Did you know that more than 80 percent of the population deals with lower back pain?
Think about it: so much of what we do on a daily basis, whether it’s moving or sitting, involves the back. Humans are constantly twisting, sitting, reaching, and lifting. There’s no wonder so many people suffer from lower back pain!
Now, does that mean a bad back is inevitable? Not exactly.
While some conditions might be out of your control, a bulk of back injuries can be avoided by exercising and moving properly.
Sure, lower back pain can be brought on by serious injuries. But they’re often the result of a muscular imbalance somewhere else in the body. Fellas – here are a few common imbalances that could be contributing to your pain.
If you work a desk job (or haven’t stretched since high school gym class), chances are your hips are tight. That’s because you’re sitting for at least eight hours every day– and this doesn’t even include the time you’re sitting in the car or relaxing on the couch! This type of position creates an anterior pull on the pelvis (a pelvic tilt), which inhibits your glutes’ ability to contract. A pelvic tilt often leads to a strain on your back, which reactively causes pain.
The good news, however, is that this tightness can usually be corrected with the use of a foam roller, or even by practicing the “couch stretch.”
TFL trigger points
Are you a runner? Ever get that weird tightness on the side of your leg near the hip bone? That’s your tensor fascia latae, otherwise known as your TFL. A tight TFL can lead to pain in numerous areas, especially the lower back, because it’s a hip stabilizer.
By this point, you’re most likely aware that the hips and the lower back are two peas in a pod. To avoid a painful lower back, you must do all you can to keep those hips open and healthy. The TFL balances our pelvis any time we move on our two feet, so keeping that muscle loose is essential. Much like with the hips, you can release the TFL with a foam roller, but keep in mind: this area is extremely tender. It will hurt the first time or two.
Sciatica and piriformis syndrome
If you’ve ever had any back pain that also involved numbness in one of your legs, you may have experienced an episode with sciatica. Piriformis syndrome is a very similar issue in that they both involve muscles compressing the SI joint, but the two are treated very differently.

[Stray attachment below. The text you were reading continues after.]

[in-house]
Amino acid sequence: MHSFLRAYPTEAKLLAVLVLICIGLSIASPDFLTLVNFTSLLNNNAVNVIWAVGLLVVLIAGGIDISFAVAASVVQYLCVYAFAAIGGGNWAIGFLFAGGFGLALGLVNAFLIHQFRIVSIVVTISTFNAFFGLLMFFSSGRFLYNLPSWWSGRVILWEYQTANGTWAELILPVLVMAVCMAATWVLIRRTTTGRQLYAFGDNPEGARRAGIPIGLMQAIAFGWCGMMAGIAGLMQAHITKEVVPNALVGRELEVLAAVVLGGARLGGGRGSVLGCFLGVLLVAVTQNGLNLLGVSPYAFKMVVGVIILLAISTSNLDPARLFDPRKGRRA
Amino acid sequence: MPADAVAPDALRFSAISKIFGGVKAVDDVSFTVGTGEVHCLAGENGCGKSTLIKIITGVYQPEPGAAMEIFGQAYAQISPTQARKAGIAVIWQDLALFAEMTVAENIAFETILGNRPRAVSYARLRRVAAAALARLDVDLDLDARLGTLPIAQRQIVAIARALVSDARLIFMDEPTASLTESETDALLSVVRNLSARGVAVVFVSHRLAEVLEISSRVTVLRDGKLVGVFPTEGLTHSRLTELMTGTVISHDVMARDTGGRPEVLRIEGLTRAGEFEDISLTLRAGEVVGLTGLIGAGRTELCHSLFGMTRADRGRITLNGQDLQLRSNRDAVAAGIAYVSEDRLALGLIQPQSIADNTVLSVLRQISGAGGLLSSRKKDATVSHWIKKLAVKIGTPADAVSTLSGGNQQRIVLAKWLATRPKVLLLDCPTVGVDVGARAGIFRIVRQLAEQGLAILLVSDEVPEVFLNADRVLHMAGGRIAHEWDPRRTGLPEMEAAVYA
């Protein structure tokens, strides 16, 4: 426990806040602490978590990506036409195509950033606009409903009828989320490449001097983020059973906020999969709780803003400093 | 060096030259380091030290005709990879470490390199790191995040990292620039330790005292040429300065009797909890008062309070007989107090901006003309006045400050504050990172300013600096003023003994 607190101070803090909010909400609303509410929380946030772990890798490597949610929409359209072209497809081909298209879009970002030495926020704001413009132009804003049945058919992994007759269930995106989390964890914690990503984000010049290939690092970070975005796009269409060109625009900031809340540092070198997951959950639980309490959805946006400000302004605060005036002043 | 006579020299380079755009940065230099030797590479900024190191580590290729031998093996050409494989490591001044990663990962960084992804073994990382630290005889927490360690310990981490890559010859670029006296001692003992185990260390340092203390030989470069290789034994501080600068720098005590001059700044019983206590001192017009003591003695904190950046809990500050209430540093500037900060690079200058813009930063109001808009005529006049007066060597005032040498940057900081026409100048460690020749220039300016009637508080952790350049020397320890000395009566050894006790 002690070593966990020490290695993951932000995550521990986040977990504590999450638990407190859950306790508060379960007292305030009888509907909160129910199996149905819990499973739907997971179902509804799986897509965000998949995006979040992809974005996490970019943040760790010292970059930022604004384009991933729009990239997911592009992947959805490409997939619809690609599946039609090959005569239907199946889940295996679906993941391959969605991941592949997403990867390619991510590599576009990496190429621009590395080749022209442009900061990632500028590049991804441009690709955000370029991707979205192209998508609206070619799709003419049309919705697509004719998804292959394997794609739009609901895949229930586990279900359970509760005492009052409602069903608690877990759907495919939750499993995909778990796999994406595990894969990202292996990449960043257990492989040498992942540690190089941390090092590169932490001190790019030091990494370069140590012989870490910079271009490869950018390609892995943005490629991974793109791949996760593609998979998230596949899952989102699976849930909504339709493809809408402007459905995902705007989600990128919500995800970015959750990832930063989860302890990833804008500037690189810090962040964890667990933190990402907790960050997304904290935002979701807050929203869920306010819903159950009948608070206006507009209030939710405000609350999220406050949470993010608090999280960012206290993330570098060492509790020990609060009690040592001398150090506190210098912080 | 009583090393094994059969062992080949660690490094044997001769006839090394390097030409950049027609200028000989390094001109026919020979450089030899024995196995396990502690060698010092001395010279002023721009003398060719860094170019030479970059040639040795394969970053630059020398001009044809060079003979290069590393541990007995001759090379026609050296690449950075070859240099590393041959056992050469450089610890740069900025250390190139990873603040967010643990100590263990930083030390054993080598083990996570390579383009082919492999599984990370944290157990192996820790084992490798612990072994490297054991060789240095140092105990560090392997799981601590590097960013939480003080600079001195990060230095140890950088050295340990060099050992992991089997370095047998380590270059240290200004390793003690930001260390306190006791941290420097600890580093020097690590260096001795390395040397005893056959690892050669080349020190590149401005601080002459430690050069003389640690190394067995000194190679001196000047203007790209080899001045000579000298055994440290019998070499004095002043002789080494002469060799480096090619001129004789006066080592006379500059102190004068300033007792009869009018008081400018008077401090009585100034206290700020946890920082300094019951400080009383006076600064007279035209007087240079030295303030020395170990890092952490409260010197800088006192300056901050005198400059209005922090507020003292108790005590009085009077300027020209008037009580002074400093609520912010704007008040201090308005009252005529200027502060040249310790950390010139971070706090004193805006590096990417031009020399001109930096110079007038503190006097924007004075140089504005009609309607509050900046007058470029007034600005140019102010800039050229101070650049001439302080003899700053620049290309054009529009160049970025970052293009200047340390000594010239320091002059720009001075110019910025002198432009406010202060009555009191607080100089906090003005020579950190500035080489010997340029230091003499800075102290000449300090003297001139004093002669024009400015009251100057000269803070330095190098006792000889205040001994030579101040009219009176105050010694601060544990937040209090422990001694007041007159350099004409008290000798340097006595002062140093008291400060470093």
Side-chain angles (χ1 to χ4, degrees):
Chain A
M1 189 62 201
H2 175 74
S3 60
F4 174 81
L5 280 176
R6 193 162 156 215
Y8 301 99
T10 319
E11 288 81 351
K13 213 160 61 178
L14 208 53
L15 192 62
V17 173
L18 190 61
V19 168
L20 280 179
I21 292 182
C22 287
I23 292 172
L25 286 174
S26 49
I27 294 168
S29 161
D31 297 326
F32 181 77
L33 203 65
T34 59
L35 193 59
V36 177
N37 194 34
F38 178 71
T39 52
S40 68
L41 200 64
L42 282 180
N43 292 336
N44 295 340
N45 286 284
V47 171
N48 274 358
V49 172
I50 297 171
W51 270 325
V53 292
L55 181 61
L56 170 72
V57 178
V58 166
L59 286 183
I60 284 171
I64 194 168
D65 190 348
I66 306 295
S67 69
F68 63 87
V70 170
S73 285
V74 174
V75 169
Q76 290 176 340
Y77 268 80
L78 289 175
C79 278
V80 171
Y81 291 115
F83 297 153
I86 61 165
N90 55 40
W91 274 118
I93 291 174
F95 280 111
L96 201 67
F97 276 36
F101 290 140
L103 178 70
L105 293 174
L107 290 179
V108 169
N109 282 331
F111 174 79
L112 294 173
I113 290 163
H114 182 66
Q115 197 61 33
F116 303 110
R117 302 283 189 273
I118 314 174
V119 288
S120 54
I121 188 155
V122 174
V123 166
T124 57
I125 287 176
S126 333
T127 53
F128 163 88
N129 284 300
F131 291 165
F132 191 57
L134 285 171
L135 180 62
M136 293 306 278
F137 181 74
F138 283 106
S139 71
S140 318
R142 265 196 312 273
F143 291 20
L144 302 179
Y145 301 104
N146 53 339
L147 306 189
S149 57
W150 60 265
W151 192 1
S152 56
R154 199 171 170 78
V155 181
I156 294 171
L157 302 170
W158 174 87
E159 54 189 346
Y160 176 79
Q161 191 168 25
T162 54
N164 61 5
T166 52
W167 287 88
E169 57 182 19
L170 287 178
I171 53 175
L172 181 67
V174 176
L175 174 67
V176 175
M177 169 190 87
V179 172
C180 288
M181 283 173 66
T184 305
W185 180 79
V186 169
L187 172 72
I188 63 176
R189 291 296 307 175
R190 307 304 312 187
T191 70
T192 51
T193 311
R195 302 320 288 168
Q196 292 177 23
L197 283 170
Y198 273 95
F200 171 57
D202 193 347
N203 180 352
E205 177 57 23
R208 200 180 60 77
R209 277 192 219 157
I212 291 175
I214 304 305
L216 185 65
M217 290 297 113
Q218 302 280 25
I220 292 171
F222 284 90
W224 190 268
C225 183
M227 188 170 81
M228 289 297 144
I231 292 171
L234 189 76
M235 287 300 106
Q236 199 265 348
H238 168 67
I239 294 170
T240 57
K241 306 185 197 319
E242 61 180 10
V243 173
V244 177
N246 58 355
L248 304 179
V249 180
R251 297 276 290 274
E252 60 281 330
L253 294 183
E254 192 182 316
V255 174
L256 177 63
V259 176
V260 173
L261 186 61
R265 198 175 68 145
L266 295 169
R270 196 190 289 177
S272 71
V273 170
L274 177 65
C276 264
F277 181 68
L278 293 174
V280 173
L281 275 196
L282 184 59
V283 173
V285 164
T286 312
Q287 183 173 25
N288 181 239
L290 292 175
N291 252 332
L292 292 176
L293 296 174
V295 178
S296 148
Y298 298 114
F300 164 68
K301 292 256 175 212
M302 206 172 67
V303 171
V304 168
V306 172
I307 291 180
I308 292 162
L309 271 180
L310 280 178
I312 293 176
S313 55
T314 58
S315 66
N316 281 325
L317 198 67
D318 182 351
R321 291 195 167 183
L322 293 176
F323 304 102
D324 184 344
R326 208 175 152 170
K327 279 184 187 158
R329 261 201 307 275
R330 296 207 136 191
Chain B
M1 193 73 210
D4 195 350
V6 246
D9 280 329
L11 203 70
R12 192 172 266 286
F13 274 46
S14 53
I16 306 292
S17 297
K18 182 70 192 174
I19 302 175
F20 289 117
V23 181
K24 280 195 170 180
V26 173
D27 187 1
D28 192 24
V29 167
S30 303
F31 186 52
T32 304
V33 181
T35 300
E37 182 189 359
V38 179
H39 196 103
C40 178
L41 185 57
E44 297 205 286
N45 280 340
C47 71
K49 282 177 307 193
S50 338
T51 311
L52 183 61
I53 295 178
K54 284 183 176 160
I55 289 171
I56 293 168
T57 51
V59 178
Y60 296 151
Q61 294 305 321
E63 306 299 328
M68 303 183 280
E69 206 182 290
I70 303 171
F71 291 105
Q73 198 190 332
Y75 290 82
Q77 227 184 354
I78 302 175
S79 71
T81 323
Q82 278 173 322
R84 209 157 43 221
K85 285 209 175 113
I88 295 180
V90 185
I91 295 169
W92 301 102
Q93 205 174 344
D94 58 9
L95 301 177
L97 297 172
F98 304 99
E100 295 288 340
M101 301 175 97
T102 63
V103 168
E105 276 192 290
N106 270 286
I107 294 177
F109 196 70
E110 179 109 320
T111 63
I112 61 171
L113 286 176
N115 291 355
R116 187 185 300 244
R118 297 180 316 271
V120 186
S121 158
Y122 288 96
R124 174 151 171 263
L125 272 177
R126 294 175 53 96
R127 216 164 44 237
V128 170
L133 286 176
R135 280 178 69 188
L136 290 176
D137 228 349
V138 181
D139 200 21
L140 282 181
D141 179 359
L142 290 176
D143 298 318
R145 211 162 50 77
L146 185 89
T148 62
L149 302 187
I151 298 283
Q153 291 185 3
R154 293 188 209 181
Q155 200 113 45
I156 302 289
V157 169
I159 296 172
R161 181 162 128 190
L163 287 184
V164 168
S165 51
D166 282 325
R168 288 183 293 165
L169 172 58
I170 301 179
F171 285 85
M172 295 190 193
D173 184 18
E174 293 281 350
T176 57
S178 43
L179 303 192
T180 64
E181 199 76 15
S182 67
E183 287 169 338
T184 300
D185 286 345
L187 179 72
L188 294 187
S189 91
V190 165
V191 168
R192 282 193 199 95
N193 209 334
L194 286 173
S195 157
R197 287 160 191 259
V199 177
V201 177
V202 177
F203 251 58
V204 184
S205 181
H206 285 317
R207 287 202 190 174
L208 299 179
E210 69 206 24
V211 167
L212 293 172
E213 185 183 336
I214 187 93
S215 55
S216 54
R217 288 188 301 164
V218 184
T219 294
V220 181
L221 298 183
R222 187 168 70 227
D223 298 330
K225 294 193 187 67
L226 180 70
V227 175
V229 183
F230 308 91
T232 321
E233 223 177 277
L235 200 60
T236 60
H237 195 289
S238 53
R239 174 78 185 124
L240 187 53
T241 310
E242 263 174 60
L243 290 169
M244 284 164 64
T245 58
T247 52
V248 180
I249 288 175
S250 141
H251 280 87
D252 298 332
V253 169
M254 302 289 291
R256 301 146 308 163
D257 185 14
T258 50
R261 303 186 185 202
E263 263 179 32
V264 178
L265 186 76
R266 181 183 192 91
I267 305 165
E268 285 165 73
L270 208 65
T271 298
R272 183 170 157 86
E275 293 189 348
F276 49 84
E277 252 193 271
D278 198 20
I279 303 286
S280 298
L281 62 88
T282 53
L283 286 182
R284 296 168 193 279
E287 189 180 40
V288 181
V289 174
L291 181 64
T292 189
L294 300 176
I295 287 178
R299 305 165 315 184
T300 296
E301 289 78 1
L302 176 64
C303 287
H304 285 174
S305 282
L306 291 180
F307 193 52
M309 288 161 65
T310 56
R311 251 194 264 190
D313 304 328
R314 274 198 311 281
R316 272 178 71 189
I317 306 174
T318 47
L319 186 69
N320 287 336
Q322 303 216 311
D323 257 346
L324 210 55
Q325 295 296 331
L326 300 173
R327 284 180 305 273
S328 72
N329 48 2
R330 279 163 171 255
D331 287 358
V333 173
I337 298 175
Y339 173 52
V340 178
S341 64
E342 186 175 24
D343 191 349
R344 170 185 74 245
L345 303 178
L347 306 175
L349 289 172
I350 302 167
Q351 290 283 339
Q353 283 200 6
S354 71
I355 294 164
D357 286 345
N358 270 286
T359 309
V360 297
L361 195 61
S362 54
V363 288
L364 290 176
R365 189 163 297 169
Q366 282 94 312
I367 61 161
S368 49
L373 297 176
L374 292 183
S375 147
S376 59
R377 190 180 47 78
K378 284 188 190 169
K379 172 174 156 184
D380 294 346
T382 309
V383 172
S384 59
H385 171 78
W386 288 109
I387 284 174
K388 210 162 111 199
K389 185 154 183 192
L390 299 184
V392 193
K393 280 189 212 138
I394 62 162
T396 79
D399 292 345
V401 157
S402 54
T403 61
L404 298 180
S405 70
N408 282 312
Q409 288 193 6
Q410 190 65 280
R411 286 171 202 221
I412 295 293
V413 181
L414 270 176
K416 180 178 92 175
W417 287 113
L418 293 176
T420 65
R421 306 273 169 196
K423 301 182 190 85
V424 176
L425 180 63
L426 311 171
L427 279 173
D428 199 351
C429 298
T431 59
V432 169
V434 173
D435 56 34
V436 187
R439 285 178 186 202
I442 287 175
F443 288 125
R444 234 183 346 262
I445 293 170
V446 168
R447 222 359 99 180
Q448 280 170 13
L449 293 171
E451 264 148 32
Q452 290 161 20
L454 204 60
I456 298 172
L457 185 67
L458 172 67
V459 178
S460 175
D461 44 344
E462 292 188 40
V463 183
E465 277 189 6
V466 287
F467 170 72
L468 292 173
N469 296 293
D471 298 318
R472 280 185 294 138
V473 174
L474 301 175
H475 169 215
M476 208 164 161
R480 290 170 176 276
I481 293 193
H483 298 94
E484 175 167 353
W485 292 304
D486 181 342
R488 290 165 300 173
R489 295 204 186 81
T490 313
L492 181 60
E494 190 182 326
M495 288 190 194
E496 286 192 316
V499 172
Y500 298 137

The symptoms caused by both conditions can be alleviated with the use of a foam roller or through different stretches. Sometimes the pain even goes away on its own.
However, if the numbness persists for more than a few days, you should see a doctor immediately to confirm you do not have a herniated disk.
Stress is not an imbalance, but rather one of those issues that never seems like a big deal until it causes people to break—literally.
Stress can sometimes be even worse for men because they’ve been shown to respond to stress by both mentally and physically shutting down. They withdraw socially, which can lead to bad habits like poor sleep patterns, a bad diet, and less exercise. All of these can contribute to low back pain because your body needs good nutrition to function at optimally. Stress also tenses your muscles, which can lead to unwanted strain on the lower back.
Hitting the sack might make you feel like you’ve been hit by a sack.
Humans spend roughly one-third of their lives sleeping. If sitting for eight hours every day causes people so many problems, why would sleeping in a bad position for the same amount of time be any different?
The big thing to know when it comes to sleep and back pain is that sleeping on your stomach is a big no-no. Your spine bends and loses support when forced into that position, which makes it irritable the following day. And while guys do tend to snore more than women, and sleeping on your stomach can surely help with that problem, your back will pay the price.
Similarly, sleeping on your back can also be an issue when there is no knee support and your spine isn’t properly aligned, so your best bet is to either sleep on your side with a pillow between your knees or to make sure you have knee support while sleeping on your back.
There are so many different contributors to back pain, and it can seem impossible to find the one causing you trouble. Still, that doesn’t mean you should give up. Try and see if some of your symptoms might match the ones above, and if so, find a solution that works. Your back – and your body – will be better for it. Please do not hesitate to see a doctor if your back pain persists.